Limited Submission: NSF 16-513 Scalable Nanomanufacturing

If you are interested in submitting a NSF 16-513 Scalable Nanomanufacturing (SNM) proposal, send an abstract no more than three pages in length to by the internal deadline of Friday, January 8, 2016 at noon. Follow Illinois Tech’s guidelines for internal competitions available here.

  • Institutional Limit: one
  • Internal Deadline:  Friday, January 8, 2016 at noon
  • Full Proposal Deadline Date:  Tuesday, February 16, 2016

Synopsis of Program:

The National Science Foundation (NSF) announces a sixth year of a solicitation on collaborative research and education in the area of Scalable Nanomanufacturing (SNM). This solicitation is in response to and is a component of the NNI Signature Initiative: Sustainable Nanomanufacturing – Creating the Industries of the Future. Although many nanofabrication techniques have demonstrated the ability to fabricate small quantities of nanomaterials and nanostructures for characterization and evaluation purposes, the emphasis of the SNM solicitation is on research on new manufacturing processes and methods to overcome the key scientific and engineering barriers that prevent the production of useful nanomaterials and nanostructures and their integration into nanodevices and nanosystems at an industrially relevant scale, reliably, and at low cost and within sustainability and environmental, health and safety (EHS) guidelines. Proposals should target nanomanufacturing processes with a clear commercial relevance, and should consider addressing key aspects of the nanomanufacturing value chain of nano-scale building-blocks to complex nanostructures to functional devices to integrated systems:

· Novel scalable processes and techniques for large-area or continuous manufacturing of nano-scale materials and structures and their assembly and integration into higher order structures, devices and systems;

· Fundamental scientific research in key, well-defined technical areas that are compellingly justified as approaches to overcome critical scientific and engineering barriers to scale-up and integration; and

·Design principles for production systems leading to nanomanufacturing tools, systems and platforms; identification of metrology, instrumentation, standards and control methodologies needed for process control and to assess quality and yield; identification of environmental and energy footprints, as applicable. Competitive proposals will incorporate three elements in their research plans:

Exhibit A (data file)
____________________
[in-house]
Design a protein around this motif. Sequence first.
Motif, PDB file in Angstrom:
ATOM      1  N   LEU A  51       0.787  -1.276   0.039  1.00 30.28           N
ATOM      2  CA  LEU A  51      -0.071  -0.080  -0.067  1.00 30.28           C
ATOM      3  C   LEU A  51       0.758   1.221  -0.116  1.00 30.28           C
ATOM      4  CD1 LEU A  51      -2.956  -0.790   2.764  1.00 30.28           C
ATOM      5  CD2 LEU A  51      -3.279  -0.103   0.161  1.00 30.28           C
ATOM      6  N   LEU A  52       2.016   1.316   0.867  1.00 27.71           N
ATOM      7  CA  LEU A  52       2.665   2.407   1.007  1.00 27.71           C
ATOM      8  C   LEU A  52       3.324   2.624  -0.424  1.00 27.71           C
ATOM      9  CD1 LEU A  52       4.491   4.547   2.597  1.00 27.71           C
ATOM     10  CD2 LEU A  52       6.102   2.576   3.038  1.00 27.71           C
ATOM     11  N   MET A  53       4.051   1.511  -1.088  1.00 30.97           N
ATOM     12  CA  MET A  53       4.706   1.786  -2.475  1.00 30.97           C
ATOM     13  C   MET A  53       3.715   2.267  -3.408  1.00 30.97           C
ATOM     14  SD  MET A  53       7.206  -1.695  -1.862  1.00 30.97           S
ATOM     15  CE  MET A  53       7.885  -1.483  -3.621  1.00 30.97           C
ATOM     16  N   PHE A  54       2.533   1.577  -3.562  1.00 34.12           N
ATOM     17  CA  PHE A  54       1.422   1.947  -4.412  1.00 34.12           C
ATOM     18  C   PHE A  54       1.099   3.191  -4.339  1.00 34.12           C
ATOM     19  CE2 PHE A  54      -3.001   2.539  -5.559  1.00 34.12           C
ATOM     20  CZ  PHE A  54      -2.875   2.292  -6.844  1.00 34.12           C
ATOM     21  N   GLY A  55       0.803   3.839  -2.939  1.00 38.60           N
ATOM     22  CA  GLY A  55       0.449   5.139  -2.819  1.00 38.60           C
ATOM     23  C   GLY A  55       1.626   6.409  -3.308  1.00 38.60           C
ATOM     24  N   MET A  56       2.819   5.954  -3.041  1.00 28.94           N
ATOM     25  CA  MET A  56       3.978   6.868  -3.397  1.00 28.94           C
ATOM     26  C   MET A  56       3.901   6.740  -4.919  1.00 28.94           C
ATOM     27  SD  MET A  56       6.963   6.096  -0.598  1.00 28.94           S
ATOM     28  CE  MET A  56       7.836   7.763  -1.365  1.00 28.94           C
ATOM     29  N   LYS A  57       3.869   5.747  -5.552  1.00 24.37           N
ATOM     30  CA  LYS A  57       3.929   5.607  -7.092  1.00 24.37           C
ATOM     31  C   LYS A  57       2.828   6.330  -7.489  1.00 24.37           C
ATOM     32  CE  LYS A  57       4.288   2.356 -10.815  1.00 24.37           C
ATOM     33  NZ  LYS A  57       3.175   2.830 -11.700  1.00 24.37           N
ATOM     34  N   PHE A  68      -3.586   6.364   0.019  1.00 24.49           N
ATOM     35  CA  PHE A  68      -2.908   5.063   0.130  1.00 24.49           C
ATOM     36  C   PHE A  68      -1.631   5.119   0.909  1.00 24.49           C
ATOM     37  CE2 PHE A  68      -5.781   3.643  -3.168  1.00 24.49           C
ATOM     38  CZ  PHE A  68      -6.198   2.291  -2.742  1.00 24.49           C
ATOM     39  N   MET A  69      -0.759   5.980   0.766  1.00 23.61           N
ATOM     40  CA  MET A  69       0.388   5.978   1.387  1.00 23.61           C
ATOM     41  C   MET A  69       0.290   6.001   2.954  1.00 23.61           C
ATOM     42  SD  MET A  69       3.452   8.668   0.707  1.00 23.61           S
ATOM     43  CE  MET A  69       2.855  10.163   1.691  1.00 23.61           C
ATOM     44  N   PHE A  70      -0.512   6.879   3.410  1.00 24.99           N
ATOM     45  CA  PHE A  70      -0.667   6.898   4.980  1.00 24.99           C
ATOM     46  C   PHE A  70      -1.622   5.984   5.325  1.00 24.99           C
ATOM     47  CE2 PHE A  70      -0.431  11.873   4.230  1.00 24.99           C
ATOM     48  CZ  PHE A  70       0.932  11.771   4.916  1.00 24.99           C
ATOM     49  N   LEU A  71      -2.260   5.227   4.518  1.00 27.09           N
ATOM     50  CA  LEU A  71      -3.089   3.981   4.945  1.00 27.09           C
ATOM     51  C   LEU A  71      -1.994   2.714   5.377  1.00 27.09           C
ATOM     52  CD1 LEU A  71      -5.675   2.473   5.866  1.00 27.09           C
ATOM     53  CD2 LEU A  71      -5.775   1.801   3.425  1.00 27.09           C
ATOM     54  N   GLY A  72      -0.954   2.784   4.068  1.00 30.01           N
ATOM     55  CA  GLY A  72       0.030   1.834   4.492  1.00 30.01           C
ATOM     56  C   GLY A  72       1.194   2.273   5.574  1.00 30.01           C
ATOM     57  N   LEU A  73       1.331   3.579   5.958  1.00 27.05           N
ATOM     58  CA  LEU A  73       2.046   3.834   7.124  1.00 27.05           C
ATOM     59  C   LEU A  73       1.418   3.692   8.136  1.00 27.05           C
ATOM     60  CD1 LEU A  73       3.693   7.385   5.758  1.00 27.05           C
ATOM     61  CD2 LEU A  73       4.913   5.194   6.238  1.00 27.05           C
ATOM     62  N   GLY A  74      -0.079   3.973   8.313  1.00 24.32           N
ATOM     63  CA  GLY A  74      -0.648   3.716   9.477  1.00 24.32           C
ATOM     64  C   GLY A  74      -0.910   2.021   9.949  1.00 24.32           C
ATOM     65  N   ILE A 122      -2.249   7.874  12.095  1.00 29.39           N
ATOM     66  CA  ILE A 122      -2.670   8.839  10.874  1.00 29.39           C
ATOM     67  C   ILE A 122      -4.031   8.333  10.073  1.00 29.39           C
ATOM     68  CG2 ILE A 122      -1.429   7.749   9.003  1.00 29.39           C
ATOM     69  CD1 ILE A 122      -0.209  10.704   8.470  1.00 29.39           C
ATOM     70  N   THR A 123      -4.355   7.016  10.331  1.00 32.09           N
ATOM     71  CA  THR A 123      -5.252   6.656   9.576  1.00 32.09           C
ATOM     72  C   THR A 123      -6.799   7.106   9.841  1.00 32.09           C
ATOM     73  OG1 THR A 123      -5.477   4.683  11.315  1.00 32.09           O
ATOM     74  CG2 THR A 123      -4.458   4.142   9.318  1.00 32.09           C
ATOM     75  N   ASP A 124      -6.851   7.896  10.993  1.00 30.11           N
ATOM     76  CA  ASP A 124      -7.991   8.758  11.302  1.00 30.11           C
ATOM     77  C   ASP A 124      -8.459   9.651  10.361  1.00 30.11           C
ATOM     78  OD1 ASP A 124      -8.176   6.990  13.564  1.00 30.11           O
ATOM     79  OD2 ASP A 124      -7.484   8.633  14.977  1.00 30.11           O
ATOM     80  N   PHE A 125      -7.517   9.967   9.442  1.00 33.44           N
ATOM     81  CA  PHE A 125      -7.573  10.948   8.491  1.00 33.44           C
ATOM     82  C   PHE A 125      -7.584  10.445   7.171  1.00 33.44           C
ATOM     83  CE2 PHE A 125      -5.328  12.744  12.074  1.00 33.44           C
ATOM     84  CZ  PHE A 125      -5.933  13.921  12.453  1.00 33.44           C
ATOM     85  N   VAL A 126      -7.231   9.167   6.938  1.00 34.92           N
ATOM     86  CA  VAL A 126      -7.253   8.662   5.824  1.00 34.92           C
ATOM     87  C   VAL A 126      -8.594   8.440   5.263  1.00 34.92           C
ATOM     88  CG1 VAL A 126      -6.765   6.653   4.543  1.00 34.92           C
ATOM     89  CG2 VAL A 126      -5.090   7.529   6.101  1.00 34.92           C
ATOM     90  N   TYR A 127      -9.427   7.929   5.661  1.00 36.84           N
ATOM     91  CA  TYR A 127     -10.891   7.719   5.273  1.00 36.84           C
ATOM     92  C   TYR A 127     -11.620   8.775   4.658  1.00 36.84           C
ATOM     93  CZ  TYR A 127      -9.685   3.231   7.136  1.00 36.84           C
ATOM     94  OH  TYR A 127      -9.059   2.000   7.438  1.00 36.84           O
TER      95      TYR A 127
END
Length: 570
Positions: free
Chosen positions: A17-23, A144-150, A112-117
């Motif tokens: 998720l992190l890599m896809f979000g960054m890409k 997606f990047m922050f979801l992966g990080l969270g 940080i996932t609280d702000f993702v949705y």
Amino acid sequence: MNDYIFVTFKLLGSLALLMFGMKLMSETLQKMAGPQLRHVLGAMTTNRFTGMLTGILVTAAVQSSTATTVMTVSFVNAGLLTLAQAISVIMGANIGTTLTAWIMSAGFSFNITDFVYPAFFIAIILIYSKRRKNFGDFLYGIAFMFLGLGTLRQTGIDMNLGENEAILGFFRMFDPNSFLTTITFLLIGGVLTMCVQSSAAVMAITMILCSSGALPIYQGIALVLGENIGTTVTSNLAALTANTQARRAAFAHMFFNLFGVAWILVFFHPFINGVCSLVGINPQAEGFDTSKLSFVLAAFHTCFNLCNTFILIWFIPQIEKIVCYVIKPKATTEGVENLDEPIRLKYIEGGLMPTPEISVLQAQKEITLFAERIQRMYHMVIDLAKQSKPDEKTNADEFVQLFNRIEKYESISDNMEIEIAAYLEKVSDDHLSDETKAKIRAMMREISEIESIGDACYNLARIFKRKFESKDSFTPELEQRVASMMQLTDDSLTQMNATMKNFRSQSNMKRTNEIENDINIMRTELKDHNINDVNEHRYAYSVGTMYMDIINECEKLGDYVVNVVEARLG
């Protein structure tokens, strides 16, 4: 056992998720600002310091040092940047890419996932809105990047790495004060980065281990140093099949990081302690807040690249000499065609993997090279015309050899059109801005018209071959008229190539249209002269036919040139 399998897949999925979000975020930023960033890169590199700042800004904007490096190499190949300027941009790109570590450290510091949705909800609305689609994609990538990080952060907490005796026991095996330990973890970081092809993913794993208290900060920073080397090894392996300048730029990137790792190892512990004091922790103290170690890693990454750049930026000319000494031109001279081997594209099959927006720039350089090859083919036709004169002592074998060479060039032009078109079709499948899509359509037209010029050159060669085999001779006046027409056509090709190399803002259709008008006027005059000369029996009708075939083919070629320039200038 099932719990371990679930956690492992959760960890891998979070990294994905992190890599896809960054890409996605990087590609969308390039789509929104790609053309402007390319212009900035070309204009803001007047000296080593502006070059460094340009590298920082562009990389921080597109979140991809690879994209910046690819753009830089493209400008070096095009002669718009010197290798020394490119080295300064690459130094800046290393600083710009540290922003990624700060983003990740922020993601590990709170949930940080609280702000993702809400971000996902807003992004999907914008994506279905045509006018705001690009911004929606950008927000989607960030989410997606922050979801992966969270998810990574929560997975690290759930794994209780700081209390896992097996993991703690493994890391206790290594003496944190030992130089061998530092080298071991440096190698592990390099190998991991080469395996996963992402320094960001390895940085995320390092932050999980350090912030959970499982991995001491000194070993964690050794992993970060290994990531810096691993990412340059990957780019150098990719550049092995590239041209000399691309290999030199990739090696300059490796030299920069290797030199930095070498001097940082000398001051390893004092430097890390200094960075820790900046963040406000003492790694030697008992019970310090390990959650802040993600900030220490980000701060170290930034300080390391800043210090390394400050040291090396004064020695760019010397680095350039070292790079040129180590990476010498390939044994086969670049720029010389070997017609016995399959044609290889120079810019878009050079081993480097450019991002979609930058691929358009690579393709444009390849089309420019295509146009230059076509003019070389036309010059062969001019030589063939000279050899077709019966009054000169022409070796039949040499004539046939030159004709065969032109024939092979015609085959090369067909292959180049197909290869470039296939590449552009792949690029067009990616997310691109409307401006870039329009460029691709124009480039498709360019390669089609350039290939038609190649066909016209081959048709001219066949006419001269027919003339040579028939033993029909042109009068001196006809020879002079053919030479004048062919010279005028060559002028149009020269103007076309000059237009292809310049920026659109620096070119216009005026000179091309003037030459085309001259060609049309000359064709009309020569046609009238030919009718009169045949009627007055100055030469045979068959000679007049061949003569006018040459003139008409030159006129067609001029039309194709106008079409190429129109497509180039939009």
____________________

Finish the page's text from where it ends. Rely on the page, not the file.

1. A persuasive case that the nanomaterials, nanostructures, nanodevices or nanosystems to be manufactured have or are likely to have sufficient demand to justify eventual scale-up;

2. A clearly identified set of research issues requiring science and engineering solutions that must be addressed to enable the manufacture of high quality nano-enabled products in large quantities and at low cost; and

3. A compelling research plan with clear objectives and approaches to overcome the identified research issues.

These elements should be carefully explained and justified in proposals, since both the scientific novelty and the feasibility of the methods being researched will be important evaluation factors.

Competitive proposals are expected to address the training and education of students in nanomanufacturing and related areas. Since Scalable Nanomanufacturing research will involve addressing multiple scientific challenges, an inter-disciplinary approach is strongly encouraged. Disciplines could range from mathematics to the physical sciences to engineering. While not required, collaborative activities with industrial or small business companies are welcome and collaborations in which industrial partners develop industrially relevant test-beds where university and company researchers can experiment and interact are encouraged. It is advisable that such firms be consulted early in the proposal preparation process and that their intellectual contributions be clearly explained in the proposal.

Other research and education projects in nanoscale science and engineering will continue to be supported in the appropriate programs and divisions.


Per Illinois Tech policy, all grant applications (federal and non-federal) must be reviewed, signed and submitted by the Office of Sponsored Research and Programs regardless of the amount of the request. Complete your routing sheet as soon as possible here. Contact or call at 312.567.3035 for more information on submitting a proposal.